Mediastinal fibrosis

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Mediastinal fibrosis (idiopathic mediastinal fibrosis) is of unknown etiology, based on sclerotization of mediastinal connective tissue. It is a rare disease, usually affecting middle-aged and older adults, but can occur at any time. Disabilities of both sexes are about the same.

Origin[edit | edit source]

The very existence of idiopathic mediastinal fibrosis has been controversial in the past. It was thought to be a secondary condition of, e.g. tuberculosis mediastinal lymphadenitis, syphylis changes, after irradiation, or similar conditions. Another assumption was that it was a rare complication of histiocytosis. It is now thought to be an organ-specific manifestation IgG4-associated disease, at least in some cases. The disease is often associated with other chronic idiopathic sclerosing diseases.

Clinical manifestations[edit | edit source]

A typical clinical manifestation is the sudden onset of symptoms in full health. Manifestations are initially mild and may be intermittent. Swelling of the upper limbs and face usually occurs first, especially in the morning. Later appears manifestation of upper vena cava syndrome. A conspicuous manifestation is an ashen face, neck and arms of the patient, conjunctival dysfunction, dizziness, tinnitus, headache, epistaxis , hemoptysis, feelings of pressure in the head and intolerance to crowded areas. Manifestations are exacerbated by coughing, bending, exertion or exercise. After 6-9 months, there is usually a significant improvement, but there is no complete remission of symptoms. The development of the collateral vascular bed is probably at least partly responsible for this improvement. The disease is not painful in itself.

Other possible lesions of the mediastinal organs have also been described, which of course differ in the spectrum of manifestations: aortic compression, pulmonary artery obstruction with cor pulmonale development, pulmonary vein stenosis, pericarditis, tracheal obstruction with asthma-like symptoms, esophageal stenosis and obstruction of the coronary arteries.

Diagnosis[edit | edit source]

Biochemical and serological examination is usually without obvious abnormalities. Bronchoscopic and esophagoscopic examinations usually do not reveal pathology. No pathology may be seen on the chest X-ray, but dilation of the mediastinum may be evident. The actual diagnosis is usually based on the presence of upper vena cava syndrome and the absence of a clinically and radiologically demonstrable cause.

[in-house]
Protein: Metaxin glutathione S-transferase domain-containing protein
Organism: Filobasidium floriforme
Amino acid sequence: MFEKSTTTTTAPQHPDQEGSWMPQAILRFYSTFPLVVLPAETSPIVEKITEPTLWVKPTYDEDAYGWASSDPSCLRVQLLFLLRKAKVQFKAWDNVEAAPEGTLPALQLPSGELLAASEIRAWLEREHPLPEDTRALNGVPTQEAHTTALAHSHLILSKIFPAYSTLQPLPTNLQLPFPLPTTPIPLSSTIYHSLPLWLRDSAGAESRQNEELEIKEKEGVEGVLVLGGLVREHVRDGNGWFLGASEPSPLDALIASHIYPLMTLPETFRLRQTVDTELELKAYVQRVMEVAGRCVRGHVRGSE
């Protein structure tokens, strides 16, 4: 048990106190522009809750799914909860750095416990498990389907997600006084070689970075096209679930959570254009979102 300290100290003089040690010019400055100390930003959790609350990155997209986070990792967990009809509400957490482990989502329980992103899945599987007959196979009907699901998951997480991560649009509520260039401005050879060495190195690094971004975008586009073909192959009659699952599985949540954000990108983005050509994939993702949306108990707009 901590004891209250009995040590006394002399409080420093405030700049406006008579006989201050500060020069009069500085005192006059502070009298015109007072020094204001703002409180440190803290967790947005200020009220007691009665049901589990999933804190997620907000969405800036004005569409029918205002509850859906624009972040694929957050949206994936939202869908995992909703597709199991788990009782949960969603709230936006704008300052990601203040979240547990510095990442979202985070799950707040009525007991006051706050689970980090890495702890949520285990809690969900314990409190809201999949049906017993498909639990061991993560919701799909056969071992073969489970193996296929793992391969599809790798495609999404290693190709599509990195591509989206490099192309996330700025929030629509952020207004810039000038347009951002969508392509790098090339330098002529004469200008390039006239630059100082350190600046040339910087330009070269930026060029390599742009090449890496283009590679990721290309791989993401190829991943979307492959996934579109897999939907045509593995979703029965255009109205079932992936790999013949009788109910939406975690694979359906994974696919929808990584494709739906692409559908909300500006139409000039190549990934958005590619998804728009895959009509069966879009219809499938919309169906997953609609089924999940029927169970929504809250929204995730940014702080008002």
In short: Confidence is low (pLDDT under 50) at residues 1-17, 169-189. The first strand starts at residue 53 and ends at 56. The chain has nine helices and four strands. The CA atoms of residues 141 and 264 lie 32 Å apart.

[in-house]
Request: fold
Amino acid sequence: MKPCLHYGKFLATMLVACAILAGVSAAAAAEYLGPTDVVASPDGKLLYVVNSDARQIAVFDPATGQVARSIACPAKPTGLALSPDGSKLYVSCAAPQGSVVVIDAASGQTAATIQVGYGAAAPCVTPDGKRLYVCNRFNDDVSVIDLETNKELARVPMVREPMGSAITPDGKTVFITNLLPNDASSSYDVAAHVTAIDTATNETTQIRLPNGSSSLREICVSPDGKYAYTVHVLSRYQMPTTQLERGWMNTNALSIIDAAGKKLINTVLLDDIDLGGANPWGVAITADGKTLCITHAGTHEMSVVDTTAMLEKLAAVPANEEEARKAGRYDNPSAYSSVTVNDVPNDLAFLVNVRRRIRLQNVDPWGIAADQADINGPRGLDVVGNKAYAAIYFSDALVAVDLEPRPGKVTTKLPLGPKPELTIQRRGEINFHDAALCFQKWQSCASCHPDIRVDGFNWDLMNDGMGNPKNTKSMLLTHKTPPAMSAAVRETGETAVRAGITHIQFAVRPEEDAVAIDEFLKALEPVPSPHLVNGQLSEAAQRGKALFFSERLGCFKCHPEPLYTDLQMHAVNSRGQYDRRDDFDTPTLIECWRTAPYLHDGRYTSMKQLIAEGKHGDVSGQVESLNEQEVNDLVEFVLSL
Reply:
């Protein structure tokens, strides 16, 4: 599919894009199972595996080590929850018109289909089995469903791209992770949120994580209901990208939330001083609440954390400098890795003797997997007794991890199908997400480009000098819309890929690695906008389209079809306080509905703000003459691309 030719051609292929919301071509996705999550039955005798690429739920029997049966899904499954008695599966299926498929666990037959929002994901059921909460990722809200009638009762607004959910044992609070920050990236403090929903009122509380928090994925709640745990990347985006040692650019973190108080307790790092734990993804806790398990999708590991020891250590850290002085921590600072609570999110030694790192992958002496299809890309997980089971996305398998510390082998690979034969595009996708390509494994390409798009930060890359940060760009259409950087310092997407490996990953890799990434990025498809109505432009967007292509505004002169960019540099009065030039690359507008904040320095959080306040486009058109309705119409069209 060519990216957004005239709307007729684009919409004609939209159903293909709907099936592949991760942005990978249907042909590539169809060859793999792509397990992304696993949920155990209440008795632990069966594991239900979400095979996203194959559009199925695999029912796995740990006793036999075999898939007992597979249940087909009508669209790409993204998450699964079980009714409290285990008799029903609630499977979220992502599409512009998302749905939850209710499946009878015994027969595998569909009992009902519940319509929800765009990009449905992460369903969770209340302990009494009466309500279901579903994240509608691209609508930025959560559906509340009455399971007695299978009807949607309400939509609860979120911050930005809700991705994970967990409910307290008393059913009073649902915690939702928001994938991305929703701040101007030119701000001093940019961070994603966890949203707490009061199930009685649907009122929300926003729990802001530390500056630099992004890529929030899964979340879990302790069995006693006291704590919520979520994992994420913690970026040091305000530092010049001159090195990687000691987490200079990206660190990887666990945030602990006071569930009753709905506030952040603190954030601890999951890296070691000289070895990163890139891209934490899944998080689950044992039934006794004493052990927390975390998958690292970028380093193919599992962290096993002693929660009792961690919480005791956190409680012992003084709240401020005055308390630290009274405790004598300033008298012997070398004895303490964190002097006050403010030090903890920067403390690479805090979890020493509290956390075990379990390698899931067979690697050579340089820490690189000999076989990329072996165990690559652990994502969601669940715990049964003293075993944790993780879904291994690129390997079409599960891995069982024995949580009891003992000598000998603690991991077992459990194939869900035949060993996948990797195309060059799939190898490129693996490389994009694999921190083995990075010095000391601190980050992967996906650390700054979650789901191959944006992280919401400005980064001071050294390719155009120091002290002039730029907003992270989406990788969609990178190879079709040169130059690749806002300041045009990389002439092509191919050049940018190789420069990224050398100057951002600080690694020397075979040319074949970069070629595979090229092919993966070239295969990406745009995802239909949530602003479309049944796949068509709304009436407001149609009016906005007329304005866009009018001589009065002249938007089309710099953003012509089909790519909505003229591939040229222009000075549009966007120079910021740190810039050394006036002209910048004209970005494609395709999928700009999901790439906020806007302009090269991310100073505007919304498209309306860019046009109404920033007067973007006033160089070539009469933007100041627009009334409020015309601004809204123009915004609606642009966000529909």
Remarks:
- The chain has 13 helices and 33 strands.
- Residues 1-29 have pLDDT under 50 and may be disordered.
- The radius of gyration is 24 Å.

Macroscopically, the sclerotic lesion looks like a solid, white to off-white deposit. The size and shape vary from an ovoid formation with a diameter of only a few centimeters, sometimes even clearly demarcated, to a relatively large "pancake" structure. It can affect the surrounding organs, but it does not grow through.

Histologically, acute and chronic inflammatory changes with distinct fibroproduction can be detected. Acute changes represent an abundant number of inflammatory cells scattered between fibrous fibers. Chronic changes represent fibrous trees relatively low in vascular and low in cellular. So far, only in individual case reports is the presence of a larger number of IgG4 positive plasma cells in the lesion described.

Therapy[edit | edit source]

Therapy consists primarily of eliminating potential malignancies or infections, discontinuing drugs that may have mediastinal fibrosis as a potential side effect, and corticotherapy. In the case of corticoid resistance, more emphatic immunosuppression is appropriate . Surgical treatment of complications comes into play in patients with an inadequate response to immunosuppression, but i.e. Barrett (1958) notes that surgical therapy brings nothing but perioperative mortality.

Long-term observation of patients is necessary, relapse was observed in the interval from 3 months to 10 years. The disease itself does not pose a significant risk of shortening life. A life-threatening complication can be thrombosis of the superior vena cava.

Sources[edit | edit source]

References[edit | edit source]

  • BARRETT,. Idiopathic mediastinal fibrosis. Br J Surg. 1958, vol. 46, no. 197, p. 207-18, ISSN 0007-1323. 
  • ZEN, Y. – SAWAZAKI, A. – MIYAYAMA, S.. , et al. A case of retroperitoneal and mediastinal fibrosis exhibiting elevated levels of IgG4 in the absence of sclerosing pancreatitis. Hum Pathol. 2006, vol. 37, no. 2, p. 239-43, ISSN 0046-8177.